Harrisburg, PA – Pennsylvania Insurance Commissioner Michael Humphreys, Department of Health Acting Secretary Dr. Debra L. Bogen, and State Fire Commissioner Thomas Cook urged Pennsylvanians to heed safety advice for the upcoming Thanksgiving holiday.
“This holiday, as we gather to celebrate with loved ones, safety for yourself, your family, and your home should be a top priority,” said Commissioner Humphreys. “In the event of an unfortunate accident, homeowners insurance and renters insurance will cover certain damages, but it is best to follow safety guidelines to ensure that the worst does not happen in the first place. We urge you this holiday to use caution when cooking to avoid potentially dangerous situations, prevent costly repairs, and have a happy and safe Thanksgiving.”
Every year, home chefs go into their kitchens on Thanksgiving to make a delicious meal with a turkey often the centerpiece of the holiday. However, this is not without risk, as the U.S. Fire Administration reports the average number of reported residential building fires on Thanksgiving Day is more than double (2.3 times more) the average number of fires in residential buildings on all other days. An average of 2,300 house fires occur nationwide on Thanksgiving, causing fatalities, injuries, and $26 million in property loss.
In case the worst does occur, standard homeowners insurance policies will cover items such as the structure of a home, personal belongings, and liability protection for injury to guests. However, filing a property damage claim may raise the homeowner’s insurance premium, and the homeowner will be responsible for paying any deductible on the policy out-of-pocket.
It is also important to note that if someone rents, belongings will not be covered unless there is a renters insurance policy. Landlord’s insurance will likely cover the building, but not any personal contents.
Many Thanksgiving home fires are due to deep-frying accidents. For some, deep frying a turkey can be a tasty alternative to the traditional oven-roasted method, but fryers pose significant risks to personal safety and property without the proper safety measures in place.
“Every year, cooking fires remain a persistent cause of home fires, peaking in their effect around the Thanksgiving holiday,” said Commissioner Cook. “Turkey fryers and inattentive cooking are consistently listed as the leading causes of these fires, and the life changing result of a home fire is all the more tragic knowing that they are entirely avoidable. Taking the appropriate safety precautions can and will protect the lives and property of you and your loved ones.”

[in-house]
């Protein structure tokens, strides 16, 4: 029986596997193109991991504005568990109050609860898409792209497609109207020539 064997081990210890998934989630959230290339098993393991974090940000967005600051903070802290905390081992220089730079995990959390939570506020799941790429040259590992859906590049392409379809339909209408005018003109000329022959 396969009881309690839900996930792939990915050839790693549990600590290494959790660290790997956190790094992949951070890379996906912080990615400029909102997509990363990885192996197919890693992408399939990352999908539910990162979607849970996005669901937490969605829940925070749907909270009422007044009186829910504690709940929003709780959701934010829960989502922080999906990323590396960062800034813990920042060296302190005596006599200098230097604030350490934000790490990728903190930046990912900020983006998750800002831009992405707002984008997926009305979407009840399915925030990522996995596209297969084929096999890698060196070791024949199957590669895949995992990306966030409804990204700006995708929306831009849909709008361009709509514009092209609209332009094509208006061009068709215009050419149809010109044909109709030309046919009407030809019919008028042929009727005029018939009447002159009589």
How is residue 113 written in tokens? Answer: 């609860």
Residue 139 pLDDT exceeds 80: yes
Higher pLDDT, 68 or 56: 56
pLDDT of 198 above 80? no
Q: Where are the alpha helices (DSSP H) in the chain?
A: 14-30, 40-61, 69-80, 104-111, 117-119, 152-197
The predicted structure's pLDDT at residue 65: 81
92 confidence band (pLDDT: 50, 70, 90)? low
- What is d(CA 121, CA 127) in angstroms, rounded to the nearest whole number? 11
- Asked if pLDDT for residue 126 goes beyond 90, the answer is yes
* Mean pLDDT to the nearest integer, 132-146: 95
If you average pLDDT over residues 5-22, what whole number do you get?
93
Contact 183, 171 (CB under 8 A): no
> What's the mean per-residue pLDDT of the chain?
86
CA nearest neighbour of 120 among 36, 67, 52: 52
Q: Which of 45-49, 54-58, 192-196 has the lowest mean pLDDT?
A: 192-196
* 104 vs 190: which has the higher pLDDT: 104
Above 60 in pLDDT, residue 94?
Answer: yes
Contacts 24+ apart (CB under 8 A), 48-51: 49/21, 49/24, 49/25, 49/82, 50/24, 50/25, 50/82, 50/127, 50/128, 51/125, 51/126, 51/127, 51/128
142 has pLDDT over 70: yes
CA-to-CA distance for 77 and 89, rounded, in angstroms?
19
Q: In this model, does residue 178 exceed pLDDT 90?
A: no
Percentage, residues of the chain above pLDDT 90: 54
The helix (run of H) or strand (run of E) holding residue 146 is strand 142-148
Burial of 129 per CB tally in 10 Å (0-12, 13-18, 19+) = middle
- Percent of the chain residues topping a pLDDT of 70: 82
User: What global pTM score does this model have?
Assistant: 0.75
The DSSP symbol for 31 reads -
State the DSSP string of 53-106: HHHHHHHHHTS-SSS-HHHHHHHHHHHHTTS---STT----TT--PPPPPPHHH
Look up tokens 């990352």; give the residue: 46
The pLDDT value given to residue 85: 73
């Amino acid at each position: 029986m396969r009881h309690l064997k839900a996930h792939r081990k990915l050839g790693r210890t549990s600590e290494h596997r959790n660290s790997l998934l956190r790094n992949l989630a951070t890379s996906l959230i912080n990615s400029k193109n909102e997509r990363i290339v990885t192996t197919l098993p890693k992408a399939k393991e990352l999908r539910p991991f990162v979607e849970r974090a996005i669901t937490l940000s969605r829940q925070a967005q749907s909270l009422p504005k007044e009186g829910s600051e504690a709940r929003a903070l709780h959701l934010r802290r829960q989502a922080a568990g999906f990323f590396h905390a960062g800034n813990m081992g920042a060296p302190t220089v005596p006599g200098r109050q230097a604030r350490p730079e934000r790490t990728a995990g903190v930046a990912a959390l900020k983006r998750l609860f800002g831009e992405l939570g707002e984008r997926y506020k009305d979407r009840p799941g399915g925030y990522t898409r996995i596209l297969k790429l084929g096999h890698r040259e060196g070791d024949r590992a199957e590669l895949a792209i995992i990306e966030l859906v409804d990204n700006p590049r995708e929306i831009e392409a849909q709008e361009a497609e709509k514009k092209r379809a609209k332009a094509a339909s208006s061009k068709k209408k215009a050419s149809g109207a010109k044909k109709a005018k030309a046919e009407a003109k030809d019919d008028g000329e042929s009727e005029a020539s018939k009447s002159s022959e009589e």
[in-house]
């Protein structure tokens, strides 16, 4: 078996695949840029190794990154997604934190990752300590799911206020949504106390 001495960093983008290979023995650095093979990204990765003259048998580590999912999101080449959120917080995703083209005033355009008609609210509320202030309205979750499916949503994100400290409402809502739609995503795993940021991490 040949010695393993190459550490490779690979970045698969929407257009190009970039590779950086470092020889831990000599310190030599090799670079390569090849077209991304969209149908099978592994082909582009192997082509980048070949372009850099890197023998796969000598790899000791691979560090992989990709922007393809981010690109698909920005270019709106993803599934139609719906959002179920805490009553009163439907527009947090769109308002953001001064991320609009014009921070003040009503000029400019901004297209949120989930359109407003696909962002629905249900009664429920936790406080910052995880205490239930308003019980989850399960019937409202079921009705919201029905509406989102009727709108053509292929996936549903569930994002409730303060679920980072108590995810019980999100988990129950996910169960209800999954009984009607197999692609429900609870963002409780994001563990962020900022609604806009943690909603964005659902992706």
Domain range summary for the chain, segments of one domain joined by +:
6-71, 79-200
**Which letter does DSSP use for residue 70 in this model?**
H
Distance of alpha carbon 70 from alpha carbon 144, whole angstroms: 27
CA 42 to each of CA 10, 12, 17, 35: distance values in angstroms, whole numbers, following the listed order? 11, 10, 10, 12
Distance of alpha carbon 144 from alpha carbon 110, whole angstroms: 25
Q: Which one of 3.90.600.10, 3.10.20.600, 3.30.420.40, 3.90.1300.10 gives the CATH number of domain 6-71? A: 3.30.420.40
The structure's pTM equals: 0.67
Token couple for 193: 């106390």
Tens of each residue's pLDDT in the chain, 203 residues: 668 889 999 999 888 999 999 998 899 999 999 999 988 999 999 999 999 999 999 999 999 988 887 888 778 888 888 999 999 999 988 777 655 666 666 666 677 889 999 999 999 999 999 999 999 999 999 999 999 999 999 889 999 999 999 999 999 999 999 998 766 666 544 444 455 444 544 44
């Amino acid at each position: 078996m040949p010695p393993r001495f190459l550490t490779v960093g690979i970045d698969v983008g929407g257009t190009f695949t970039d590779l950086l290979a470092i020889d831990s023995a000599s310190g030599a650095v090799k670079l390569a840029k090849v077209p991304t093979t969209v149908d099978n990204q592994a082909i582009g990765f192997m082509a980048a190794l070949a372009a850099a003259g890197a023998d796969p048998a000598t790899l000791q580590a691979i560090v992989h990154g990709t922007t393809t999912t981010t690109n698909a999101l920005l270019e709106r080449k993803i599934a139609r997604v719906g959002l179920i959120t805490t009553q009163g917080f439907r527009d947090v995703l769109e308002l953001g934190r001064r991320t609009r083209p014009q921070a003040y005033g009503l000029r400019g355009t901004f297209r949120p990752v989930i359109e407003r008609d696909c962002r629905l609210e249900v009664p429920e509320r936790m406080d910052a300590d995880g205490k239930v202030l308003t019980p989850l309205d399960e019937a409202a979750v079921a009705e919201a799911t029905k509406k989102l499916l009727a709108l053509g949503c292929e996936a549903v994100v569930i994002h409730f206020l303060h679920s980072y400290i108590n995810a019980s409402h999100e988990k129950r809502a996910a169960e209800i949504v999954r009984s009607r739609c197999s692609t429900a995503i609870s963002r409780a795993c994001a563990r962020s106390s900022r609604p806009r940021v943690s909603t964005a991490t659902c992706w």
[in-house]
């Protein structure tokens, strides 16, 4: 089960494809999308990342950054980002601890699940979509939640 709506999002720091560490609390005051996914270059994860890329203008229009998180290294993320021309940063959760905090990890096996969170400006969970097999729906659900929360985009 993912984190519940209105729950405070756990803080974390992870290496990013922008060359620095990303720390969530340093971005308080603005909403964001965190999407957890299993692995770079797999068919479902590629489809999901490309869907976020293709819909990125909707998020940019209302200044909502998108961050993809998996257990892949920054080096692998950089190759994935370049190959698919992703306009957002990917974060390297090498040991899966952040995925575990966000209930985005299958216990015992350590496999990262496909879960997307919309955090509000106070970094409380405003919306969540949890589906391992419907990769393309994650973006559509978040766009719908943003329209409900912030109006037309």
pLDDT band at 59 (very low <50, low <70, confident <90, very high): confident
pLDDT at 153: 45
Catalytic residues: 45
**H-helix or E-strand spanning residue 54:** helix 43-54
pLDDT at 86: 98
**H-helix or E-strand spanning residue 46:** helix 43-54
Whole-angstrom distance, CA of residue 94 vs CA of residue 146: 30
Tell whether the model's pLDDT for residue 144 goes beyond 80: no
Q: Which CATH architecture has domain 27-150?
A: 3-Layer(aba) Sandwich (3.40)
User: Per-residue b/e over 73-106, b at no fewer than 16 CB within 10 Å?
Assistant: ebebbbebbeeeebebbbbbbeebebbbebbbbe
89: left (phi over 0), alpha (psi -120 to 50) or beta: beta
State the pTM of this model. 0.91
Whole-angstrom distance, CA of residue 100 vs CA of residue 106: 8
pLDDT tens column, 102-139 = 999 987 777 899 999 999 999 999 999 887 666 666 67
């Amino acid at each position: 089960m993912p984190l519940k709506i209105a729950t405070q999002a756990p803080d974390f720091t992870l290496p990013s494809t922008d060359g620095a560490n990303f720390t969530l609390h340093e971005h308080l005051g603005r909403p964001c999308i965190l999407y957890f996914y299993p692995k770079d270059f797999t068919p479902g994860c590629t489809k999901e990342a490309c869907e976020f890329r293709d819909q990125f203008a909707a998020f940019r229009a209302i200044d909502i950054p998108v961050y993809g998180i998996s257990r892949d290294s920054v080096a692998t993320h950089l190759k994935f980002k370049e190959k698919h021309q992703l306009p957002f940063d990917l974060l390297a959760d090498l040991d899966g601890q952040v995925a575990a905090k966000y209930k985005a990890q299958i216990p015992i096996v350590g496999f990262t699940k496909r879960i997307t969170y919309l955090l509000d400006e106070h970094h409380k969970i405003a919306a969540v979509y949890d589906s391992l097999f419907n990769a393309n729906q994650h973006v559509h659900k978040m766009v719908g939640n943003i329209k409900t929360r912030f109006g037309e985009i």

Here are some tips to keep families, guests and property safe:
- Read the turkey fryer owner’s manual thoroughly for proper set up and safety tips
- Make sure the turkey is completely thawed before frying (hot oil and ice/water do not mix)
- Use the correct amount of oil; overfilled fryers increase the likelihood of oil spilling out of the pot and hitting the burner causing flames to engulf the entire unit
- Never leave the fryer unattended; many fryers lack thermostats to prevent overheating
- Do not deep fry your turkey inside your garage, on your porch or deck, or inside your home
- Have an all-purpose fire extinguisher nearby; never use water to extinguish an oil fire
- Keep children and pets away from all cooking surfaces
- Use proper hand protection; lids and handles of the cooking pot get dangerously hot, posing severe burn hazards
- Ensure full attention is dedicated to cooking; do not consume alcohol while cooking
“It is important to use proper food safety practices as people prepare their holiday meals. Unfortunately, foodborne illnesses are common around the holidays, but they are preventable,” said Dr. Bogen. “I encourage residents to clean, separate, cook, and chill their food properly to prevent themselves and others from getting sick.”
The Centers for Disease Control and Prevention (CDC) recommends the following tips to help prevent food poisoning or foodborne illness, during the holidays:
- Keep meat, poultry, seafood, and eggs separate from all other foods at the grocery store and in the refrigerator. Prevent juices from meat, chicken, turkey, and seafood from dripping or leaking onto other foods by keeping them in containers or sealed plastic bags. Store eggs in their original carton in the main compartment of the refrigerator.
- Cook foods thoroughly and use a food thermometer to ensure foods have been cooked to a safe internal temperature to kill germs.
- Keep food out of the danger zone which is between 40°F and 140°F because bacteria can grow rapidly between these temperatures.
- Use pasteurized eggs for dishes containing raw eggs.
- Do not eat raw dough or batter, because they can contain harmful germs such as E. coli and Salmonella.
- Thaw your turkey safely in a sink of cold water or in the microwave. Avoid thawing foods on the counter.
- Wash your hands with soap and water:
- Before, during, and after preparing food
- Before eating food
- After handling pet food or pet trays or touching pets
- After using the toilet
- After changing diapers or cleaning up a child who had used the toilet
- After touching garbage
- Before and after caring for someone who is sick
- Before and after treating a cut or wound, and
- After blowing your nose, coughing or sneezing
For additional information on fire safety, including seasonal fire safety tips, visit www.osfc.pa.gov.
For additional resources regarding homeowners or renters’ insurance, visit www.insurance.pa.gov, or call the Insurance Department’s Consumer Services Bureau at 1-877-881-6388.
Ruth Miller, OSFC, RuthMiller@pa.gov
Mark O’Neill, Health, email@example.com
Diego Sandino, PID, firstname.lastname@example.org